Next Article in Journal
Bridging the Divide: Brain and Behavior in Developmental Language Disorder
Next Article in Special Issue
Being in Virtual Reality and Its Influence on Brain Health—An Overview of Benefits, Limitations and Prospects
Previous Article in Journal
Neural Mechanisms of Neuro-Rehabilitation Using Transcranial Direct Current Stimulation (tDCS) over the Front-Polar Area
Previous Article in Special Issue
Remote Assessment of Parkinson’s Disease Patients Amidst the COVID-19 Lockdown in Mexico
Font Type:
Arial Georgia Verdana
Font Size:
Aa Aa Aa
Line Spacing:
Column Width:

How Posture and Previous Sensorimotor Experience Influence Muscle Activity during Gait Imagery in Young Healthy Individuals

Department of Clinical Rehabilitation, Faculty of Health Sciences, Palacký University Olomouc, Hněvotínská 976/3, 775 15 Olomouc, Czech Republic
Department of Rehabilitation, University Hospital Olomouc, Zdravotníků 248/7, 779 00 Olomouc, Czech Republic
Department of Natural Sciences in Kinanthropology, Faculty of Physical Culture, Palacký University Olomouc, třída Míru 117, 771 11 Olomouc, Czech Republic
Author to whom correspondence should be addressed.
Brain Sci. 2023, 13(11), 1605;
Submission received: 3 November 2023 / Revised: 16 November 2023 / Accepted: 17 November 2023 / Published: 19 November 2023


This study explores how gait imagery (GI) influences lower-limb muscle activity with respect to posture and previous walking experience. We utilized surface electromyography (sEMG) in 36 healthy young individuals aged 24 (±1.1) years to identify muscle activity during a non-gait imagery task (non-GI), as well as GI tasks before (GI-1) and after the execution of walking (GI-2), with assessments performed in both sitting and standing postures. The sEMG was recorded on both lower limbs on the tibialis anterior (TA) and on the gastrocnemius medialis (GM) for all tested tasks. As a result, a significant muscle activity decrease was found in the right TA for GI-1 compared to GI-2 in both sitting (p = 0.008) and standing (p = 0.01) positions. In the left TA, the activity decreased in the sitting posture during non-GI (p = 0.004) and GI-1 (p = 0.009) in comparison to GI-2. No differences were found for GM. The subjective level of imagination difficulty improved for GI-2 in comparison to GI-1 in both postures (p < 0.001). Previous sensorimotor experience with real gait execution and sitting posture potentiate TA activity decrease during GI. These findings contribute to the understanding of neural mechanisms beyond GI.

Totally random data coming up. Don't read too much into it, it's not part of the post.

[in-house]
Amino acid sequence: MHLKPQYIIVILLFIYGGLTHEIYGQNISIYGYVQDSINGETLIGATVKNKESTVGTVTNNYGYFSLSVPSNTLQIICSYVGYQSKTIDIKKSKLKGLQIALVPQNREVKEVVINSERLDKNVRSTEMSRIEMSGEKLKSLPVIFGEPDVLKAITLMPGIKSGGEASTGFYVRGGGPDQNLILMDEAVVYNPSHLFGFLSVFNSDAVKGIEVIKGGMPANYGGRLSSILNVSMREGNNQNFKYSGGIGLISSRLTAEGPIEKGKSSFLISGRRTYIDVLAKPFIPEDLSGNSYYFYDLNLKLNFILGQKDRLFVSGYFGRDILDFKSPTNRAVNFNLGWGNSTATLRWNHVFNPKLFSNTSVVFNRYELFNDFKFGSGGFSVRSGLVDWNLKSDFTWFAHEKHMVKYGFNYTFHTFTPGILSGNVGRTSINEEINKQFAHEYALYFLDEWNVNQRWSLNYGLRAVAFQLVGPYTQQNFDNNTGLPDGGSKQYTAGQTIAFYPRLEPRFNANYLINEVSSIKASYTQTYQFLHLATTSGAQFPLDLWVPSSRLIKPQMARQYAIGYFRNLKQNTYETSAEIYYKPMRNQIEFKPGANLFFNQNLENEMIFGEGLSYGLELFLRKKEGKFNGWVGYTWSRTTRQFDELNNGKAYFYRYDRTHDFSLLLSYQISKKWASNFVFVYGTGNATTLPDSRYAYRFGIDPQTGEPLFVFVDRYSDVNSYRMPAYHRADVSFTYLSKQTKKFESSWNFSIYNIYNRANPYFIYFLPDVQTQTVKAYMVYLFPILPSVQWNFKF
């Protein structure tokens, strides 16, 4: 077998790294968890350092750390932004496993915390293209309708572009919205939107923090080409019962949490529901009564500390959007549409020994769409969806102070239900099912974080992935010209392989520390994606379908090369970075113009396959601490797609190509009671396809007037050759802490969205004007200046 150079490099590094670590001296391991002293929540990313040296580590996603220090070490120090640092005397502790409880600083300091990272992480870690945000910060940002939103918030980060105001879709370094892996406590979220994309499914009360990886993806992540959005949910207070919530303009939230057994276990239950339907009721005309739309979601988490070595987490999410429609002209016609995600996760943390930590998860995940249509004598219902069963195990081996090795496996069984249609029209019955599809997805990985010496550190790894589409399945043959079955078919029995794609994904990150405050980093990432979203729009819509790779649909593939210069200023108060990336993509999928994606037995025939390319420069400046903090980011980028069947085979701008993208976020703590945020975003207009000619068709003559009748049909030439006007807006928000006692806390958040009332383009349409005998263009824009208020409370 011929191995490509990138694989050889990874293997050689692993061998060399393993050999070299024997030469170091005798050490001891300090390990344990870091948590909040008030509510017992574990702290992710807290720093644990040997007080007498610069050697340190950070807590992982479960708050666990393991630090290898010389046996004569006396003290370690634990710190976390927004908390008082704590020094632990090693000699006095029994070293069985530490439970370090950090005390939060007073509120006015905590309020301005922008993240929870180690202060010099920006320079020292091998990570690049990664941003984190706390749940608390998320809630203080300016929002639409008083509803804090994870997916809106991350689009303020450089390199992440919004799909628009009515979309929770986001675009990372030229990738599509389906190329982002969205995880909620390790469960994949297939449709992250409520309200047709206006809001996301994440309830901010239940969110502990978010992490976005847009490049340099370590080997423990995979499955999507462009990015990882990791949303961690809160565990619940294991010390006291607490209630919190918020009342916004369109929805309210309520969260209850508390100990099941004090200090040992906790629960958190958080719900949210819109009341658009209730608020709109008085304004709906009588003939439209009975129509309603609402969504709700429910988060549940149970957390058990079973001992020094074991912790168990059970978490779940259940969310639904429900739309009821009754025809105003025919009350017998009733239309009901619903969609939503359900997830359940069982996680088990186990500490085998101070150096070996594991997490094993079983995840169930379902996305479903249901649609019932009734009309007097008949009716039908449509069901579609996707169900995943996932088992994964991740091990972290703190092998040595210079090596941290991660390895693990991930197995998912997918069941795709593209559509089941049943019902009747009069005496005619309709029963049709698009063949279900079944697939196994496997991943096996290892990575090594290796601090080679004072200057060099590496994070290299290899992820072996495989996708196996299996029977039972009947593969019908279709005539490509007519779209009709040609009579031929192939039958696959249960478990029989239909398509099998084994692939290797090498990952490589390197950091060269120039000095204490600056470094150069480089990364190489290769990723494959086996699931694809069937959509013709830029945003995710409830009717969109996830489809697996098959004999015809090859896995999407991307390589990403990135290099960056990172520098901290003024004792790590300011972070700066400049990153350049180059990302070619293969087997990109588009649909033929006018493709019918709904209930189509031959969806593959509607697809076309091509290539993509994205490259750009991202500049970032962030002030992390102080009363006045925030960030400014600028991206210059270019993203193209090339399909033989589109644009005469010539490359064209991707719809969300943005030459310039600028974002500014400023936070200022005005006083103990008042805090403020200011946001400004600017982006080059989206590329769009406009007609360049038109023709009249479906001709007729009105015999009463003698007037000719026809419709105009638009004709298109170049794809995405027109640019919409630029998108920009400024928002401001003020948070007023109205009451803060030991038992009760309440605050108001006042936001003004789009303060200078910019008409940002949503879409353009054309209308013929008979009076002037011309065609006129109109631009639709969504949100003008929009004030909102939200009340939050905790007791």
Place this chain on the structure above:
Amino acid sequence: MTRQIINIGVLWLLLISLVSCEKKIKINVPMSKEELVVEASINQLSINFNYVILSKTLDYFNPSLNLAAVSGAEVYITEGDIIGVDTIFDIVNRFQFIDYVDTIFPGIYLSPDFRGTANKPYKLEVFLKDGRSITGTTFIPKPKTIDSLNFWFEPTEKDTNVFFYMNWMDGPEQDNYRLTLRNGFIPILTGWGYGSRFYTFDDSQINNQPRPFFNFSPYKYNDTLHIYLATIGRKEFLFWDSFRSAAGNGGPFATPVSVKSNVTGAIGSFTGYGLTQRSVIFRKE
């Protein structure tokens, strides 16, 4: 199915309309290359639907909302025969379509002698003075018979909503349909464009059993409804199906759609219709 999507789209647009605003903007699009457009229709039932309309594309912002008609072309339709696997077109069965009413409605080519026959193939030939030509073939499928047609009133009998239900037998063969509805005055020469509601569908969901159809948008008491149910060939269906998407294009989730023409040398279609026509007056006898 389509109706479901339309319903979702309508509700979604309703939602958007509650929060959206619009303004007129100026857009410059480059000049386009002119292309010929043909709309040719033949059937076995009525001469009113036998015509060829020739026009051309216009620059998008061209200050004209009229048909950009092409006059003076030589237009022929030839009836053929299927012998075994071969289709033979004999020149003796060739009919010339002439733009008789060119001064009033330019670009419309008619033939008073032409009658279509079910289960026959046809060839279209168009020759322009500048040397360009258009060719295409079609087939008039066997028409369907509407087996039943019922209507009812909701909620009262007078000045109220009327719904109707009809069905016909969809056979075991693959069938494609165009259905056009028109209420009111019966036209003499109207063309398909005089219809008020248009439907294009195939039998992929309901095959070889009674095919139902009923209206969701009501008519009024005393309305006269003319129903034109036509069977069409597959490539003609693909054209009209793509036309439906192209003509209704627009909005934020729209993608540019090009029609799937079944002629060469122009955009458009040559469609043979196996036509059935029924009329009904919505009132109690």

1. Introduction

Motor imagery is defined as a purely cognitive process where the individual imagines making a movement and the imagery is not accompanied by any visible manifestation of such a movement. Motor imagery is an active process by which the representation of a certain action is internally reproduced via motor memory, while the movement itself is inhibited and the somatosensory inputs generated during motion are absent [1,2,3,4]. Within the motor imagery, the brain creates a so-called internal kinaesthetic model of the movement [1,5], which has potential in motor learning processes [5,6,7]. A proper understating of the neural correlates behind motor imagery is valuable beyond its capacity to deepen knowledge concerning gait control mechanisms [6,8] and can be used to further investigate sensorimotor adaptations resulting from motor imagery training and [6,7] to improve rehabilitation settings via the utilization of gait imagery as part of therapy to potentiate motor recovery [8,9,10,11].
Motor imagery manifests similar patterns of neural activity to actual movements [9,12,13,14]. Gait imagery (GI) actually represents the paradigm for studying brain activity during walking as it serves as a proxy for motor execution [14,15,16] in both healthy subjects [6,7] and in patients with neurological disorders, such as patients with Parkinson’s disease or post-stroke patients [10,17].
Motor imagery shares the activity of specific neural substrates similarly to during movement execution [3,4,14,18,19,20]. The activity of the brain cortical and subcortical structures directly responsible for motor control have been proven to increase when imagining a movement [4,7,12,13,14,21]. A meta-analysis conducted by Hétu [14] revealed that the motor imagery of lower-limb movements, including gait, rely mainly on the parietal regions, supplementary motor area, cerebellum and putamen. It has been suggested that the activity of these areas is more necessary for gait programming than for real stereotype locomotion, which is more automatic [14,22,23,24,25]. Cortical centers become engaged to a greater extent when the demands of a locomotor task require increasing cognitive or sensory information processing [7]. On the basis of the assumption that motor execution and motor imagery share similar neural structures [6,14,19], imagined locomotion has been proposed as a paradigm used to study brain activation during walking using functional magnetic resonance imaging [14,26].
Even though the brain activity that is connected to motion imagination has received quite a lot of attention, studies focusing on the changes in the excitability on the spinal level [18,27,28] or changes in muscle activity [18,26,29] are not that widespread. Several studies proved that motor imagery increases excitability in the corticospinal tract, which projects to the motoneurons and interneurons controlling the target muscles [20,28,30,31]. Also, the excitability of spinal reflexes or muscle spindle Ia afferent fibers was proved to increase [18], which may also influence muscle activation.